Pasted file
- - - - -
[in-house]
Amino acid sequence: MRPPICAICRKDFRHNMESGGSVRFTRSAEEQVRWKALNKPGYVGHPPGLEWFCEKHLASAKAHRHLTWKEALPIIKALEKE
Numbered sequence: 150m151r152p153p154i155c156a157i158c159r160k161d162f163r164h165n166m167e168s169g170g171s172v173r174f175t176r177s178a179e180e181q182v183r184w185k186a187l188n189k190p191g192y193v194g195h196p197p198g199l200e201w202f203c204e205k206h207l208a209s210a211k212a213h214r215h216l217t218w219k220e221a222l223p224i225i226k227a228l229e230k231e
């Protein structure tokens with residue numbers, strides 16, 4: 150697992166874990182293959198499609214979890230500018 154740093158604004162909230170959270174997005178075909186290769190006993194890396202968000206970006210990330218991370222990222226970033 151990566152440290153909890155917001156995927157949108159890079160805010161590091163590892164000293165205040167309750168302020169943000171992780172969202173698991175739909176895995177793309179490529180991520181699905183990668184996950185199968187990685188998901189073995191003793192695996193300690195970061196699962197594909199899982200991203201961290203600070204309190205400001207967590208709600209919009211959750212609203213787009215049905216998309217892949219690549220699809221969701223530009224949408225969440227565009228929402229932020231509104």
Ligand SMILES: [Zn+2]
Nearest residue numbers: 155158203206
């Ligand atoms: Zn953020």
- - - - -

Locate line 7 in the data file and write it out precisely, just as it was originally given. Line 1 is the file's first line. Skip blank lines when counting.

């Ligand atoms: Zn953020």